Samuel W Durant.

History of Oneida County, New York : with illustrations and biographical sketches of some of its prominent men and pioneers online

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The composition of the earliest boards cannot now be
determined. The members of the board in 1847 were as
follows :

1. Annsville, Samuel Beach.

2. Augusta, David Murray.

3. Ava, Henry Capron.

4. Boonville, N. C. Grant.

5. Bridgewater, John Southworth.

6. Camden, Ambrose Curtiss.

7. Deerfield, Jacob G. Weaver.

8. Floyd, David Moultcn.

9. Florence, Watson Sammon.

10. Kirkland, C. C. Cook.

11. Lee, J. J. Castles.

12. IMarcy, Clark Potter.

13. Marshall, H. H. Eastman.

14. New Hartford, Oliver Prescott.

15. Paris, D. J. Millard.

16. Remsen, Mather Beecher.

17. Rome, John Niles.



no



HISTORY OF ONEIDA COUNTY, NEW YORK.



18. Hangei-field,^ De Witt C. Tower.

19. Stciiben, Russell Puller.

20. Trenton, Henry Miller.

21. Utica; A. S. Pondi'

22. Vernon, David Pierson.

23. Verona', Willett Stillman.

24. Vienna, Harvey Freeman.

25. Western, David Utley.

26^ Westmoreland, James J. Curtis.

27. Whitestown, Onias'P. Nellis.

Chairman, David Moulton ; Clerk, Dexter Gillmore.

In 1847 the number of acres returned by the assessors
in the county was 725,863, and the assessed valuation was,
real estate, $9,575,393 ; personal property, $2,603,221 ;
total, $12,178,614.

The total treasurer's account with the county for the
year was $48,559.33, of which amount the superintendents
of schools received' $8948.98. The amount of funds be-
longing to the State in the hands of the loan commissioners
was $163,187.76.

The assessment of the incorporated companies in the
county was, real estate, $1,563,571; capital employed,
$2,354,534;

EXCISE.

The State excise law was fiassed in 1857, and continued
to be managed by the several counties until 1869, when
the law was changed, making it a matter for each town
to manage as they deemed proper. Under the original act
the proceeds went into the poor fund.

The following table shows the annual income for the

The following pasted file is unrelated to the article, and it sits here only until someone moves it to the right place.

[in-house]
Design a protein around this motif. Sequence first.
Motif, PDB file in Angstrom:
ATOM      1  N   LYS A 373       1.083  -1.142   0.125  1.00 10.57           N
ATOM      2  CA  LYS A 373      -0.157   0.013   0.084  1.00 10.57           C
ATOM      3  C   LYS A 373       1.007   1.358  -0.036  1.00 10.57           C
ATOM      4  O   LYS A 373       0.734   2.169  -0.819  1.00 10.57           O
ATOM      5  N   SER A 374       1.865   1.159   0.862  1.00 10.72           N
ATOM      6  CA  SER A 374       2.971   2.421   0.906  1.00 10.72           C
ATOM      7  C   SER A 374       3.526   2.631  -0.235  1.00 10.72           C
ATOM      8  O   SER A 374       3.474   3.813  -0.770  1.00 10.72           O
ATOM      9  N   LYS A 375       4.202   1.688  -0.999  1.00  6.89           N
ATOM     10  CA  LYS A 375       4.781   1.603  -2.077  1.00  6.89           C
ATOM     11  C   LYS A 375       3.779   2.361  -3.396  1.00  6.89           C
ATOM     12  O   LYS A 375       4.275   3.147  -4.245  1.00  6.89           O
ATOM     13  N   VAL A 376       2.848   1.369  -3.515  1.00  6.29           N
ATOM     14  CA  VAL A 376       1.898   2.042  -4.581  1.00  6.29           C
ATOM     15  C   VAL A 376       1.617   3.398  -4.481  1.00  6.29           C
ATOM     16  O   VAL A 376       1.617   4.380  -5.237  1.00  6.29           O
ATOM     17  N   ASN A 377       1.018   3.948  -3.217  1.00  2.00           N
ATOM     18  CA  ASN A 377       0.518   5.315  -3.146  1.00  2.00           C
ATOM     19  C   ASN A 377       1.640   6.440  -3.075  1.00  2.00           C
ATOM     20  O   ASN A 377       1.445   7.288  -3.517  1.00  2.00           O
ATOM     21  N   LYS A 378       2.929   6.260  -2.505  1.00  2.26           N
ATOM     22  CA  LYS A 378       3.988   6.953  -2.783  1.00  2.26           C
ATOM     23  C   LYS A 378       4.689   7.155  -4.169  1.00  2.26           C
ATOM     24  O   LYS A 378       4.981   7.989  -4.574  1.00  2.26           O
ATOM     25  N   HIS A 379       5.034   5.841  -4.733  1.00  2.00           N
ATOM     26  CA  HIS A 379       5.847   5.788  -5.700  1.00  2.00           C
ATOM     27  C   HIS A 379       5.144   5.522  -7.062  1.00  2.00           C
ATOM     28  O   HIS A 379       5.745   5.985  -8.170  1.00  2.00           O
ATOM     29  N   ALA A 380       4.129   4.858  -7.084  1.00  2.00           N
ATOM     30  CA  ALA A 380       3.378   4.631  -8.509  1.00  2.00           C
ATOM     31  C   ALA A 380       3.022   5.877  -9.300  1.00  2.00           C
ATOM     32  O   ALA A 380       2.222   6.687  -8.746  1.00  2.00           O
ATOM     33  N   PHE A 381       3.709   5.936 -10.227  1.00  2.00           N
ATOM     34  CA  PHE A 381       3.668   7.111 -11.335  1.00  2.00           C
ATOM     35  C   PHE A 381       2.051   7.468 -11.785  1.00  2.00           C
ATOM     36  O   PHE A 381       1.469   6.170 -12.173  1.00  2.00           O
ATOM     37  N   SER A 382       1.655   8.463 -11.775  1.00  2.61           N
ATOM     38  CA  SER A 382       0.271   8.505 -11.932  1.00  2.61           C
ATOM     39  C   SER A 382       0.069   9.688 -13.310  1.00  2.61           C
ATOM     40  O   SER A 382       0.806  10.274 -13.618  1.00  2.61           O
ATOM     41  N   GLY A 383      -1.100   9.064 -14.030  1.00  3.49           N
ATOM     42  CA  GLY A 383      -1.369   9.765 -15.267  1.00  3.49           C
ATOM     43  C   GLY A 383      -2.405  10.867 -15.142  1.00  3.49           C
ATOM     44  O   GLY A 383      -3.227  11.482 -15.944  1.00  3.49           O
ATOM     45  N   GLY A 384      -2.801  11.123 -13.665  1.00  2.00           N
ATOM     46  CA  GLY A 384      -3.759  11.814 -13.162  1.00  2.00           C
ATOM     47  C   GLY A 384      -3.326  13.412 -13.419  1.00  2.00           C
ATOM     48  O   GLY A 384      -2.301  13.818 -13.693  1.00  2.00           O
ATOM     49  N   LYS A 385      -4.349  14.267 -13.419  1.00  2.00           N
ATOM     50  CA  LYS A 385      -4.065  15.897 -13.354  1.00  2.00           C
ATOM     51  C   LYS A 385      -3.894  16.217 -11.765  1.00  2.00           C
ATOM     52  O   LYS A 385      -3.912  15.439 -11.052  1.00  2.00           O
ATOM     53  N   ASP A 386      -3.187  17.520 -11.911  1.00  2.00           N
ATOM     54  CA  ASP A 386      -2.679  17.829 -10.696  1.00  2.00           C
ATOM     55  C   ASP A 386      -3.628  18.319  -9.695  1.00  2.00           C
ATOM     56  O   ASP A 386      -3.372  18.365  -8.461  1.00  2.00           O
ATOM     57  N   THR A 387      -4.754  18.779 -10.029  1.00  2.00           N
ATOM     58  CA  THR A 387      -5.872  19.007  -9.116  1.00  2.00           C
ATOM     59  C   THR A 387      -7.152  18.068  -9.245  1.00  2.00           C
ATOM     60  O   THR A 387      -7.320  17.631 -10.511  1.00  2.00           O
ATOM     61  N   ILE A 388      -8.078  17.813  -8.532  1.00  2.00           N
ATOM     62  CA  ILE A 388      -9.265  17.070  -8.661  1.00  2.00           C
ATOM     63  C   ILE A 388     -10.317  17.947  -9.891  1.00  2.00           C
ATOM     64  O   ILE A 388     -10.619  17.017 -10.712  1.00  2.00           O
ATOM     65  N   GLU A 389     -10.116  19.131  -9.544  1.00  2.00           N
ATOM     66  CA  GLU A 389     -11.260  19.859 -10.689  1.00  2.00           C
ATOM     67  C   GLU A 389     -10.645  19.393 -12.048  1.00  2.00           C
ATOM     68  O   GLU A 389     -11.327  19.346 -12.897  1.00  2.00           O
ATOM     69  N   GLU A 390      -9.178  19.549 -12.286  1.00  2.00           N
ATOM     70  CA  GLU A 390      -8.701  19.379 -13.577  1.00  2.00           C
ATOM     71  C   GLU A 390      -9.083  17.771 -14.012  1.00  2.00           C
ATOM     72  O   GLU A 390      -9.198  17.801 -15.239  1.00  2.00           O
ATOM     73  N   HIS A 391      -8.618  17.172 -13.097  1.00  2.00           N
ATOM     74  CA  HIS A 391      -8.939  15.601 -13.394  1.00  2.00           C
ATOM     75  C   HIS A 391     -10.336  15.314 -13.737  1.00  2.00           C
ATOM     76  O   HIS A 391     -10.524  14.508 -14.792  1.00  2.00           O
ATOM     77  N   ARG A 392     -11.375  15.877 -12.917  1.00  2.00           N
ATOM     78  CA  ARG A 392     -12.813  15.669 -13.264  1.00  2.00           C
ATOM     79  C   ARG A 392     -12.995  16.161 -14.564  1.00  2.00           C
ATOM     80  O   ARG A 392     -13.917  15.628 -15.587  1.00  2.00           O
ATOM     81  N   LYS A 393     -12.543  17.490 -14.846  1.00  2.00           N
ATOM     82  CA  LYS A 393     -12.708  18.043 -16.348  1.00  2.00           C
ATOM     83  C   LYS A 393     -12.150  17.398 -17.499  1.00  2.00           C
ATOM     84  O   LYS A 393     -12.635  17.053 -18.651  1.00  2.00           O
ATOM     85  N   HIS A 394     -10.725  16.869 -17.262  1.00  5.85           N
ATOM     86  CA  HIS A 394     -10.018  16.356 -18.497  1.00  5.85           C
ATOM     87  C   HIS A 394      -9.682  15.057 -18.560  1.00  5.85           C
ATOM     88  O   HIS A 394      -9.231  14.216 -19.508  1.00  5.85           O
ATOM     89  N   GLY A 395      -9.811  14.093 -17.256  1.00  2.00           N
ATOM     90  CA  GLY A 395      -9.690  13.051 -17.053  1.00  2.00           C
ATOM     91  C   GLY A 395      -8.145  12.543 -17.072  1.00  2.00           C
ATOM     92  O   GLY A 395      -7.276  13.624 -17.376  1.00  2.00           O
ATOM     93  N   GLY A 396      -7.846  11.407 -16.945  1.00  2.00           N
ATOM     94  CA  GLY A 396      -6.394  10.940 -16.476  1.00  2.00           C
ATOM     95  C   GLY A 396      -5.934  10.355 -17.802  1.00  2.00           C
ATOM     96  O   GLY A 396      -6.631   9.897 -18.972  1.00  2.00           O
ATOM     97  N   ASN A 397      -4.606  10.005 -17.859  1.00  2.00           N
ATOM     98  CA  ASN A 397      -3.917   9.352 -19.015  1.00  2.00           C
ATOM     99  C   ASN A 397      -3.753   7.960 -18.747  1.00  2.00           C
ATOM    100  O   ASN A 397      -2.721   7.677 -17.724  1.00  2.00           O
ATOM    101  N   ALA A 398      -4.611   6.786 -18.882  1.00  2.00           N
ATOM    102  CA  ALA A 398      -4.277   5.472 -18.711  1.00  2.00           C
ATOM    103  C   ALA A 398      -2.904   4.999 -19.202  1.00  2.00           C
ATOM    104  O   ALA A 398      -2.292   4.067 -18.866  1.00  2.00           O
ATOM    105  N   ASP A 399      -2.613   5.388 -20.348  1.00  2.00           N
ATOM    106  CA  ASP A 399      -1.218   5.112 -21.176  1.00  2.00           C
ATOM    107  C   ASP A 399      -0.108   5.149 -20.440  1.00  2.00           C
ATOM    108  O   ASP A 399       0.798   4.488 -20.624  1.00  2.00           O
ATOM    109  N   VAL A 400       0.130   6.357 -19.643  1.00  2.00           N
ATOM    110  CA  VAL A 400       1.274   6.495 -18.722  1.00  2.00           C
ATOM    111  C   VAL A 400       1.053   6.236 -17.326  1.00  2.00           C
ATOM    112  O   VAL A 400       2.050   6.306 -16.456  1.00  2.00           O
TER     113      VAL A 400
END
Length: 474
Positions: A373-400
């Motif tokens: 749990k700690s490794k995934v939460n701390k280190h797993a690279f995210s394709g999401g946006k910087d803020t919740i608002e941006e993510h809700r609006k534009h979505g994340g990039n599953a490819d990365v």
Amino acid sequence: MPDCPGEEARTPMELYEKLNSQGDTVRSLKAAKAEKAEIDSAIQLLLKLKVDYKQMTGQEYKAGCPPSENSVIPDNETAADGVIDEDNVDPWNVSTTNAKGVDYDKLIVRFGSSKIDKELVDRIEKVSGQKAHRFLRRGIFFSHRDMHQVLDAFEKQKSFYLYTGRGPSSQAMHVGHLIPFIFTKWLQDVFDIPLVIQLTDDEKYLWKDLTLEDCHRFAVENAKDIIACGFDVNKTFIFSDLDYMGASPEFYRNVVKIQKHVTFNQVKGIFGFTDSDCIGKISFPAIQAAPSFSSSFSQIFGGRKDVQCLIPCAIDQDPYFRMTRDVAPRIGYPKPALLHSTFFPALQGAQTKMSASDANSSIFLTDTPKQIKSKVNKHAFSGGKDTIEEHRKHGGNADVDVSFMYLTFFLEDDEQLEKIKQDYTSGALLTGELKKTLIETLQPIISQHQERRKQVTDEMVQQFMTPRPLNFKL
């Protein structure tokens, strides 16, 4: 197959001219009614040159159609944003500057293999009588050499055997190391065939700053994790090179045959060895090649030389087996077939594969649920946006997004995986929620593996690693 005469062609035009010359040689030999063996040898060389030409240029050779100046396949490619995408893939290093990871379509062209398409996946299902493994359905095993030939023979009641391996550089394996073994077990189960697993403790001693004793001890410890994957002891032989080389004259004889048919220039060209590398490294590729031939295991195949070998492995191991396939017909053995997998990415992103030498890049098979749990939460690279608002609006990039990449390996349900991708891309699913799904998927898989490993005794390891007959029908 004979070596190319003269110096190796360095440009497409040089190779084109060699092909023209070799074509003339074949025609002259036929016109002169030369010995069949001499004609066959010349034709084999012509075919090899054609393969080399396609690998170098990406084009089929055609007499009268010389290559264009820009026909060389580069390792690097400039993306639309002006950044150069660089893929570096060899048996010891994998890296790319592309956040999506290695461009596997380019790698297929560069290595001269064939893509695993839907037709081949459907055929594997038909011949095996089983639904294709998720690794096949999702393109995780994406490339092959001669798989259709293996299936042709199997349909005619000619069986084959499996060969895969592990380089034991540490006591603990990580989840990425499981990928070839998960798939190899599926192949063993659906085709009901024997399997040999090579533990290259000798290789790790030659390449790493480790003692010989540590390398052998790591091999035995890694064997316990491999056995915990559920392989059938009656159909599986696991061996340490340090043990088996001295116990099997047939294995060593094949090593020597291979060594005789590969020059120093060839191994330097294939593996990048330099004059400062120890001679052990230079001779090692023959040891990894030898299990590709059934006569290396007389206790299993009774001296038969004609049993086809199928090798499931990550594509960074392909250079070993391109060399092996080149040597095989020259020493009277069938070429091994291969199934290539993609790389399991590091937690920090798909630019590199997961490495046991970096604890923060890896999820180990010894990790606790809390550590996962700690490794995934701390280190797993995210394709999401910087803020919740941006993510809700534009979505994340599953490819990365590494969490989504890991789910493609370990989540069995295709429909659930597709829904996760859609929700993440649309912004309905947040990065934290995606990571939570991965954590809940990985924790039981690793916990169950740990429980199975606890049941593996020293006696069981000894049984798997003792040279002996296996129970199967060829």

several years during which it was in the hands of the county :

1S57 $6,956

1838 9,040

1859 8,910

ISOO 9,613

1861 8,406

1802 9,186

1863 9,600

1864 9,266

1865 9,800

1866 10,420

1867 16,805

1868 18,420

1869 18,680

Total $144,988

WAR BOUNTIES.

The first action upon the subject of paying bounties to
volunteers was taken at a special meeting held Aug. 14,
1862, at Rome.

A committee of seven was appointed by the chairman to
report resolutions relative to the raising of a uniform bounty
for the payment of volunteers. The committee

" lUmhed, That Hor.itio Seymour, C. H. Doolittle, Francis Kernan,
"Wm. H. Ferry, Wm. ,T. Bacon, Edward Huntington, E. B. Armstrong,
and Samuel Campbell, togeth er with L. Kouso, chairman of the meet-
ing, and 0. Carpenter, clerk, be appointed a committee to raieeupon
the credit of the county $162,700, upon county orders, bearing in-
terest, signed by the clerk and chairman.'*

The clerk was directed to make the orders payable to the
order of Horatio Seymour, chairman of the committee.
The quota of Oneida County, under the call of July, 1862,
for 300,000 men, was about 1200 men, and the number of
enrolled militia under the State law was reported at 3159.



Under this resolution a bounty of $50 was offered to each

volunteer.

In 1862 the following-named towns, at. their annual

town-meetings, voted the following sums respectively for

bounties :

Augusta $1,180.00

Eridgevpater 2,688.60

Lee 647.00

Marcy „ 317.00

New, Hartford..., 3,400.00

Paris ; .....; 1,600.00

Remsen 2,017.50

Trenton '. 3,227.62

Verona .'..." 150.00

Wostmorcliind, 1,000.00

$16,227.62

This action was approved, and the several amounts or-
dered levied by the Board. At the meeting held Dec. 7,
1863, the Board passed a resolution taxing the county a
sum sufiicient to pay every volunteer $300, amounting to
a total of $389,400., This was for the quota of 1863
alone^ making it 1298 men.

On the 23d of August, 1864, the Board passed a reso-
lution to pay $400 to two years' men, and $500 to three